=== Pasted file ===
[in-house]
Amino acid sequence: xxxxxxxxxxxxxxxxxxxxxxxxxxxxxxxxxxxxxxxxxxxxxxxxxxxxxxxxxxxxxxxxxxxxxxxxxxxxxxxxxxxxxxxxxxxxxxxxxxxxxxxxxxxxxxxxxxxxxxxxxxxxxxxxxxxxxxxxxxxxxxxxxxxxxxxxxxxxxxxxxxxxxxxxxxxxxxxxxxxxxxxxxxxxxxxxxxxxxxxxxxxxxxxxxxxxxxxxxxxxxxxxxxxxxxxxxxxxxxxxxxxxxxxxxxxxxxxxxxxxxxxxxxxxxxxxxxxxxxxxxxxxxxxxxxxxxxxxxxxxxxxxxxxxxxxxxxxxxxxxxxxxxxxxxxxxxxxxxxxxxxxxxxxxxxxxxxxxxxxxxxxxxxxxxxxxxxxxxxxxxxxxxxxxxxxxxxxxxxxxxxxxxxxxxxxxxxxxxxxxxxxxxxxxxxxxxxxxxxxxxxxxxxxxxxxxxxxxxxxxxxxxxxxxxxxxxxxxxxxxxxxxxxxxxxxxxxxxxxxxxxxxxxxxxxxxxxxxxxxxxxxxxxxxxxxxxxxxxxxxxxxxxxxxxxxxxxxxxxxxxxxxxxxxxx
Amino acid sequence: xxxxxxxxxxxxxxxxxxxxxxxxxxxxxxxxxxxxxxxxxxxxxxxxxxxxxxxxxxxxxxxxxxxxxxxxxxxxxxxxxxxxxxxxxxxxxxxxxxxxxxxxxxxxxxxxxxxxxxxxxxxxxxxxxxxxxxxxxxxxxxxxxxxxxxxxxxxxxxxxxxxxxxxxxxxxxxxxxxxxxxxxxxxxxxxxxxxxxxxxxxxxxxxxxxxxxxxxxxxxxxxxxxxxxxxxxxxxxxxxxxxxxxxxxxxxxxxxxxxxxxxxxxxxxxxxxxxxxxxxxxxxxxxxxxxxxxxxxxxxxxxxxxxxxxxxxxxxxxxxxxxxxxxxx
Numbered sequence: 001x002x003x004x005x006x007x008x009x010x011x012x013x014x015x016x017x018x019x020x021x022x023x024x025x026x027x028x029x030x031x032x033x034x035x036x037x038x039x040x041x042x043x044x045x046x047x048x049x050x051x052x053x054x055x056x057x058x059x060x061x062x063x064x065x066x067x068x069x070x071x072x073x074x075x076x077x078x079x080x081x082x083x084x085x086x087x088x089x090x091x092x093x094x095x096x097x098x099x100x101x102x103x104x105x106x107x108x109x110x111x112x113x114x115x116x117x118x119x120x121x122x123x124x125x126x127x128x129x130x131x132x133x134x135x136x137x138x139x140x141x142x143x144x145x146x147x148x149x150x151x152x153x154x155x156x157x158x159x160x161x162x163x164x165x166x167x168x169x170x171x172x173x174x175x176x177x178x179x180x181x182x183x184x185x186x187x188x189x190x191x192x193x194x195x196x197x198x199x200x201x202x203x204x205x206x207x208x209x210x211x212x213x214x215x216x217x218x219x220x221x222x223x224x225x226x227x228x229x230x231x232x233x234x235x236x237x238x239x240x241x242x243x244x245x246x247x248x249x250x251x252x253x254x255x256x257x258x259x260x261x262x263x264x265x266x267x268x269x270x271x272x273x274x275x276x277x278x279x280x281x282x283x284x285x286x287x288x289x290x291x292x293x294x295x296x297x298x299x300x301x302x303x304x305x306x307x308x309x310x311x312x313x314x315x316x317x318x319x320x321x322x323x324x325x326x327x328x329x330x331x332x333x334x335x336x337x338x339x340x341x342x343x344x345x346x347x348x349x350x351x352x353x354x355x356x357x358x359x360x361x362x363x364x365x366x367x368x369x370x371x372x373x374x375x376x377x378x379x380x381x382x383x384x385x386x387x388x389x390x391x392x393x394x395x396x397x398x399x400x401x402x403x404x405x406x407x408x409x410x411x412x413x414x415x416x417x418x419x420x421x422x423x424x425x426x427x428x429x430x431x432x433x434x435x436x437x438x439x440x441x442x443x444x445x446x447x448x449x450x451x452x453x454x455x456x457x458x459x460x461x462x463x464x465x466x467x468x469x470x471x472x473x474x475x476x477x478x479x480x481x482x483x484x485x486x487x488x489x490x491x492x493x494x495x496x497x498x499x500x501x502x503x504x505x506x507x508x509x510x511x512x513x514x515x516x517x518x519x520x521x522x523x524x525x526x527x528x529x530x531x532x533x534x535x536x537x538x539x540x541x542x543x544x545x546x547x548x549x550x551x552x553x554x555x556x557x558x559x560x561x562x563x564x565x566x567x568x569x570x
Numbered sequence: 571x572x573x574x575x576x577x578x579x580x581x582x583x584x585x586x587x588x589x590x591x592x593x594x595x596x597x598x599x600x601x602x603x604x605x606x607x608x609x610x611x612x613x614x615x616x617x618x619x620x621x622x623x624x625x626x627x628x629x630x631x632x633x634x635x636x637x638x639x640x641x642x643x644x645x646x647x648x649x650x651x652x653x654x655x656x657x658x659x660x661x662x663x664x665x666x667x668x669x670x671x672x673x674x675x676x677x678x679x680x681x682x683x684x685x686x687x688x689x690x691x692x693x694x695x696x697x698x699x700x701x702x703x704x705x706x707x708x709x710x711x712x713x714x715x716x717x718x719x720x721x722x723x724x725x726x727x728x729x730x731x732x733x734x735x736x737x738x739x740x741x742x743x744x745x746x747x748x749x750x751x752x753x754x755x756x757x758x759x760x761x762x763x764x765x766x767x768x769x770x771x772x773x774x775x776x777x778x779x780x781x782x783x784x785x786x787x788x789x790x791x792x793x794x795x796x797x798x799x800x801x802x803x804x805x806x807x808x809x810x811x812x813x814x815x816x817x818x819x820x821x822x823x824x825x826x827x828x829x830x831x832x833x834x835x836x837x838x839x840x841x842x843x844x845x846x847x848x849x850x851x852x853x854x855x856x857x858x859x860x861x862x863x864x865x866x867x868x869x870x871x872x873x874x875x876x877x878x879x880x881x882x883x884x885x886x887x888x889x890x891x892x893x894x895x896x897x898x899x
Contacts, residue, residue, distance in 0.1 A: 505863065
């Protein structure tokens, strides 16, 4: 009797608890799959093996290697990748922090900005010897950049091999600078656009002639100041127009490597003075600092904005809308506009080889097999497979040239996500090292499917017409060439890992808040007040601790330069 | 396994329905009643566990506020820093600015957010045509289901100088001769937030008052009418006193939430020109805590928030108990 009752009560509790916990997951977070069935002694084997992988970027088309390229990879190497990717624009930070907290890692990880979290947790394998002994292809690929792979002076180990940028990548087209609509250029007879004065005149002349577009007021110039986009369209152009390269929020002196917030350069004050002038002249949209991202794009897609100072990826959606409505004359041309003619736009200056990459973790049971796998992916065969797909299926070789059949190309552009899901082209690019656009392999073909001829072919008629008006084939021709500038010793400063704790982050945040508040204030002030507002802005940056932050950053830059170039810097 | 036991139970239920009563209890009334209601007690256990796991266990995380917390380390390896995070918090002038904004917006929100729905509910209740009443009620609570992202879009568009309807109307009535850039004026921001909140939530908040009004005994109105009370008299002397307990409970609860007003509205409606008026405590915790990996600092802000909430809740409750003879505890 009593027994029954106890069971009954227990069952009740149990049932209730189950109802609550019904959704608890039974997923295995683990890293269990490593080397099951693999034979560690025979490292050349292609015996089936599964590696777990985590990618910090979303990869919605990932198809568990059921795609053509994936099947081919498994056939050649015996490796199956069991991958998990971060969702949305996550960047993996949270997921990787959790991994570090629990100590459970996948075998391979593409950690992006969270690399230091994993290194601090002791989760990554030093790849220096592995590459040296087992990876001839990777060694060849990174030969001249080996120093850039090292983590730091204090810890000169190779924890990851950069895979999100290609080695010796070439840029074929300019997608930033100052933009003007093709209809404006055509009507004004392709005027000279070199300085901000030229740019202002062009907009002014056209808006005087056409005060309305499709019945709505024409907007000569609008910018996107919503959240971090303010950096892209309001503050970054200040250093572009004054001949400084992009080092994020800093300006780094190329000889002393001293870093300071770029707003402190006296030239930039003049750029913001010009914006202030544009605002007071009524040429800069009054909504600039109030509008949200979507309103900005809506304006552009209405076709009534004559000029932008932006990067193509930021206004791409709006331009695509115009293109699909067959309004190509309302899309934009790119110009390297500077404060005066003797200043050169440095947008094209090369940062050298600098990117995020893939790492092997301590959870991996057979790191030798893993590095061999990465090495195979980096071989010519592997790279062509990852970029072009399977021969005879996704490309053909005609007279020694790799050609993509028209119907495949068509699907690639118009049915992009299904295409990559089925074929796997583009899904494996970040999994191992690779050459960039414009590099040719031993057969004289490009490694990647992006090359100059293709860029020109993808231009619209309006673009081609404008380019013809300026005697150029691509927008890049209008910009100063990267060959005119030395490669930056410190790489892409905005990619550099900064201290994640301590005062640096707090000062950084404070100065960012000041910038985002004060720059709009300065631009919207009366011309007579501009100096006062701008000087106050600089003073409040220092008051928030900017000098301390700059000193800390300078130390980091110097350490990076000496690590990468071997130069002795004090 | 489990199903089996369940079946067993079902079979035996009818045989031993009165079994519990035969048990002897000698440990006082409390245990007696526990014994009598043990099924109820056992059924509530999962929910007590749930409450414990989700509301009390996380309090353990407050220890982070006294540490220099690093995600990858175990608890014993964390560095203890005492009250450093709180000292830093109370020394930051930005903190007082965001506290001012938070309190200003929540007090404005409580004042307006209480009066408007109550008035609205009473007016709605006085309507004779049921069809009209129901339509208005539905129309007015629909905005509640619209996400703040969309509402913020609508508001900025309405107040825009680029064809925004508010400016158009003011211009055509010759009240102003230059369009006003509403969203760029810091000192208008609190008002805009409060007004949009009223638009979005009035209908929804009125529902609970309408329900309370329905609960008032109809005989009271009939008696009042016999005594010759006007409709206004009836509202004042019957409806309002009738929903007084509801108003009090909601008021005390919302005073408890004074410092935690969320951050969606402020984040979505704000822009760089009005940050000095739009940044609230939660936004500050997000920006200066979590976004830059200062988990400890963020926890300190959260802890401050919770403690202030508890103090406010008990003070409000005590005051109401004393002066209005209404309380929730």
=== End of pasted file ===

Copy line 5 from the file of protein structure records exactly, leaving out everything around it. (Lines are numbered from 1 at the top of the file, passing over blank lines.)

Numbered sequence: 571x572x573x574x575x576x577x578x579x580x581x582x583x584x585x586x587x588x589x590x591x592x593x594x595x596x597x598x599x600x601x602x603x604x605x606x607x608x609x610x611x612x613x614x615x616x617x618x619x620x621x622x623x624x625x626x627x628x629x630x631x632x633x634x635x636x637x638x639x640x641x642x643x644x645x646x647x648x649x650x651x652x653x654x655x656x657x658x659x660x661x662x663x664x665x666x667x668x669x670x671x672x673x674x675x676x677x678x679x680x681x682x683x684x685x686x687x688x689x690x691x692x693x694x695x696x697x698x699x700x701x702x703x704x705x706x707x708x709x710x711x712x713x714x715x716x717x718x719x720x721x722x723x724x725x726x727x728x729x730x731x732x733x734x735x736x737x738x739x740x741x742x743x744x745x746x747x748x749x750x751x752x753x754x755x756x757x758x759x760x761x762x763x764x765x766x767x768x769x770x771x772x773x774x775x776x777x778x779x780x781x782x783x784x785x786x787x788x789x790x791x792x793x794x795x796x797x798x799x800x801x802x803x804x805x806x807x808x809x810x811x812x813x814x815x816x817x818x819x820x821x822x823x824x825x826x827x828x829x830x831x832x833x834x835x836x837x838x839x840x841x842x843x844x845x846x847x848x849x850x851x852x853x854x855x856x857x858x859x860x861x862x863x864x865x866x867x868x869x870x871x872x873x874x875x876x877x878x879x880x881x882x883x884x885x886x887x888x889x890x891x892x893x894x895x896x897x898x899x